Fine Motor

ABC Pediatric Therapy Playing Monopoly

Occupational Therapy? I Can Do That!


 Occupational therapy from a parent’s perspective: Why is the therapist playing with my child, and why am I paying for someone to play with my child when I could do this at home?

Occupational therapy from an OT’s perspective: How can I make this fun and purposeful, while giving this child a challenge?

OT’s have a method to their madness, a purpose to their play, an underlying skill to work on with every move. We just disguise therapy with play…because let’s face it…if a child thinks they are “working” they won’t be as motivated to participate!

Play is a child’s number one occupation; it is intrinsically motivating and FUN! What children don’t know? It is also a learning experience. Children are like sponges; as they interact with objects, their environment, and the people around them, they are soaking up all of the wonderful skills needed for future occupations such as being a student, completing chores, and playing with friends!

So…what’s the difference between play at home and play at therapy?

As occupational therapists introduce toys and play into their sessions, we are continuously looking for the just right challenge for your child. This means we are allowing them to learn new skills with our support, but without overwhelming them in the process. As we assess their skill level during play, we are also able to provide modifications to the activity and are able to grade the level of difficulty up or down based on your child’s specific ability.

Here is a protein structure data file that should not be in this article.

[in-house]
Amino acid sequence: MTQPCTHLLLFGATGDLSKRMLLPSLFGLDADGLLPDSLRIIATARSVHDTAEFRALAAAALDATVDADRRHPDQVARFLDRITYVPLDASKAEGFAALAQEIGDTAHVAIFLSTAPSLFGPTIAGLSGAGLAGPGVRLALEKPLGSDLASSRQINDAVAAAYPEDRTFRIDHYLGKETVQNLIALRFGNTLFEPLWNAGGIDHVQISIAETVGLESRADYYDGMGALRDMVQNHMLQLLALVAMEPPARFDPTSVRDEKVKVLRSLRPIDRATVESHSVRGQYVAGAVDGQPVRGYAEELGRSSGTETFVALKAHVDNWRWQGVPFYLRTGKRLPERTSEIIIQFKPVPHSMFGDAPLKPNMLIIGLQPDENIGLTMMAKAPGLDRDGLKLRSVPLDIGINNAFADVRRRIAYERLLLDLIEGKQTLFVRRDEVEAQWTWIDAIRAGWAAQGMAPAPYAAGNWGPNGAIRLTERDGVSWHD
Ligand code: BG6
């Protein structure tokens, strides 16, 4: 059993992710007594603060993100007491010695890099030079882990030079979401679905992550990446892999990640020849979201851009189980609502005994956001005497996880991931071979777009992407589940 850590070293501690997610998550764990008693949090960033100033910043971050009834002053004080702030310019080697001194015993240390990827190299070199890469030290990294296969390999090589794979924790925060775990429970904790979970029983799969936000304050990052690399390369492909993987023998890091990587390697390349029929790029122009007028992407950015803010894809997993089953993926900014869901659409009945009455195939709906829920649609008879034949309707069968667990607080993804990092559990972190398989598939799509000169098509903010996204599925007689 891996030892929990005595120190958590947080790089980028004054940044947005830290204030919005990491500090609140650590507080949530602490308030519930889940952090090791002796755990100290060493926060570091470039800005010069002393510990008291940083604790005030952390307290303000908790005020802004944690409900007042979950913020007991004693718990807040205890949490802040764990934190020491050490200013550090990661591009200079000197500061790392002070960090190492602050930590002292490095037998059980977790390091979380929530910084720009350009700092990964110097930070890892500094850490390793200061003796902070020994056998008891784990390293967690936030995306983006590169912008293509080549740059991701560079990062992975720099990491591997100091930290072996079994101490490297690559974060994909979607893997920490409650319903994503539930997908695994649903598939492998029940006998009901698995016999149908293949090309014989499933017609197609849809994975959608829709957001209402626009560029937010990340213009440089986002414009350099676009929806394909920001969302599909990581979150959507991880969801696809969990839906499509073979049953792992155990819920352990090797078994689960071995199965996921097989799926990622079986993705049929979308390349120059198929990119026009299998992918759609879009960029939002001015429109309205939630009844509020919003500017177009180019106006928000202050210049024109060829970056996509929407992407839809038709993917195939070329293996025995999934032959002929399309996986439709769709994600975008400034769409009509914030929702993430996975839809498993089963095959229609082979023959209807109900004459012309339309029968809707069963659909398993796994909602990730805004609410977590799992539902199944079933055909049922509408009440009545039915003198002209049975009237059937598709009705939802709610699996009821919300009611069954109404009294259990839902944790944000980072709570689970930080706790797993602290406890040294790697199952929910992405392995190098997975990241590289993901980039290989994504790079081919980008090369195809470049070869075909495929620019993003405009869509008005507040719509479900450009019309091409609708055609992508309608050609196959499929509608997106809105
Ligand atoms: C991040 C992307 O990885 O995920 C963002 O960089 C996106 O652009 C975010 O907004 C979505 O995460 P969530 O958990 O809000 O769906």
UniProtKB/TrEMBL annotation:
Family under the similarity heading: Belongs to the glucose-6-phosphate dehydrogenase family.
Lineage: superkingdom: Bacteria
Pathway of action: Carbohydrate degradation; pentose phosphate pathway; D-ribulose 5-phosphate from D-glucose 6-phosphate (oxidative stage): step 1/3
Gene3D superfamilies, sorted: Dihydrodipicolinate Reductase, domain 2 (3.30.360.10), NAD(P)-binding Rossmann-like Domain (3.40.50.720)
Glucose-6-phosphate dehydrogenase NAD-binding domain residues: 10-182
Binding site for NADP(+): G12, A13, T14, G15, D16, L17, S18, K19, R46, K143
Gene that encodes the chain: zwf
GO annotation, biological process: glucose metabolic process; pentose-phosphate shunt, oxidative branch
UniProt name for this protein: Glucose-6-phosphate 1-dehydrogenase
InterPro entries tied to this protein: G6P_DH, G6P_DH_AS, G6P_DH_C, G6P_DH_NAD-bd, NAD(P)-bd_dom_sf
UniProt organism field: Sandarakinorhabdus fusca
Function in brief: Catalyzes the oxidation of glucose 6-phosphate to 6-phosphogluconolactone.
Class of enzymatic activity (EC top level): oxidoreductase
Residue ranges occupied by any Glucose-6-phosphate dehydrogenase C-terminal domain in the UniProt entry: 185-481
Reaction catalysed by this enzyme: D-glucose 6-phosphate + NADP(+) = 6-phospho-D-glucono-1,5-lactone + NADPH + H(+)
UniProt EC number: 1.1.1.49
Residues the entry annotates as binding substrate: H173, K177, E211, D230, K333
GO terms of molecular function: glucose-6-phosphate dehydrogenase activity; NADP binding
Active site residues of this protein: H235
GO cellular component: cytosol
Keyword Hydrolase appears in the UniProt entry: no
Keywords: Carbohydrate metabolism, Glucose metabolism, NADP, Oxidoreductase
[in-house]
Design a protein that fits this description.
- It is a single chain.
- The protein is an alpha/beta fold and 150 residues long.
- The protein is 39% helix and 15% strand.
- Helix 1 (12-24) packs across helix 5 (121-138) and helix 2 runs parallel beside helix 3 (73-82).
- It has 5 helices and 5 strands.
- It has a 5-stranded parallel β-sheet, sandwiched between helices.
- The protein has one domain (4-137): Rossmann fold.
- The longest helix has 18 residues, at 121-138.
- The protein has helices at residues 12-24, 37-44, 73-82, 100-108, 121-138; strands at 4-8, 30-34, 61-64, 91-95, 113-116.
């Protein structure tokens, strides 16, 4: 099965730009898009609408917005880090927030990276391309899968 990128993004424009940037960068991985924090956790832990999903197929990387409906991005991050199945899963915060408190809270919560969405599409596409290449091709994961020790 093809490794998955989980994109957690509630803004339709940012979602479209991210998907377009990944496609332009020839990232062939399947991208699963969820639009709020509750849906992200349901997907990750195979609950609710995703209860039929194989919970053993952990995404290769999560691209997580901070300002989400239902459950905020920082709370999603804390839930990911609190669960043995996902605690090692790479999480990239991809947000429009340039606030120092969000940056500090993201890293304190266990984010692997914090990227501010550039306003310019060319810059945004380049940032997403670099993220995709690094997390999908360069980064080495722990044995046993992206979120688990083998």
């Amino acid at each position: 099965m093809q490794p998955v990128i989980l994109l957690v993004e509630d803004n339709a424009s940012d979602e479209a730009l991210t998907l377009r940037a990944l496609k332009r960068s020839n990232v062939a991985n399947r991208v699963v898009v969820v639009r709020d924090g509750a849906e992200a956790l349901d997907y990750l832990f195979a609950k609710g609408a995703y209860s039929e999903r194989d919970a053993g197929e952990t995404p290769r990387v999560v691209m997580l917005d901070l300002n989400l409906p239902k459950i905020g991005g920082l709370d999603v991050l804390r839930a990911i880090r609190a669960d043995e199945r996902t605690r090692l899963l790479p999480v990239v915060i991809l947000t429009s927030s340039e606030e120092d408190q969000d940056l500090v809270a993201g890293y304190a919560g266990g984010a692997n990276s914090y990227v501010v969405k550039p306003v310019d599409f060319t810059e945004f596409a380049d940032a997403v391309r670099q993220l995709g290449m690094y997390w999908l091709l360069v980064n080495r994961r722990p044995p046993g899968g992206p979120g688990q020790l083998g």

Examples of this could be: sitting on a therapy ball while playing a game to activate postural muscles, coloring on a vertical surface to improve shoulder stability, or using tongs to pick up game pieces rather than their hands for fine motor control and strengthening.

Each toy and activity used during therapy is specifically chosen to cater to the individual needs and abilities of your child. When choosing a toy or activity, some of the things occupational therapists consider are:

-What does their grasp or release on objects look like?

-How is their postural control and shoulder stability?

-Are their movements intentional and fluid, and are they able to move their arms and legs both individually and simultaneously?

-How are they manipulating, exploring, and interacting with the toys? Is their play purposeful and functional?

-Are they aware of their environment and the others around them?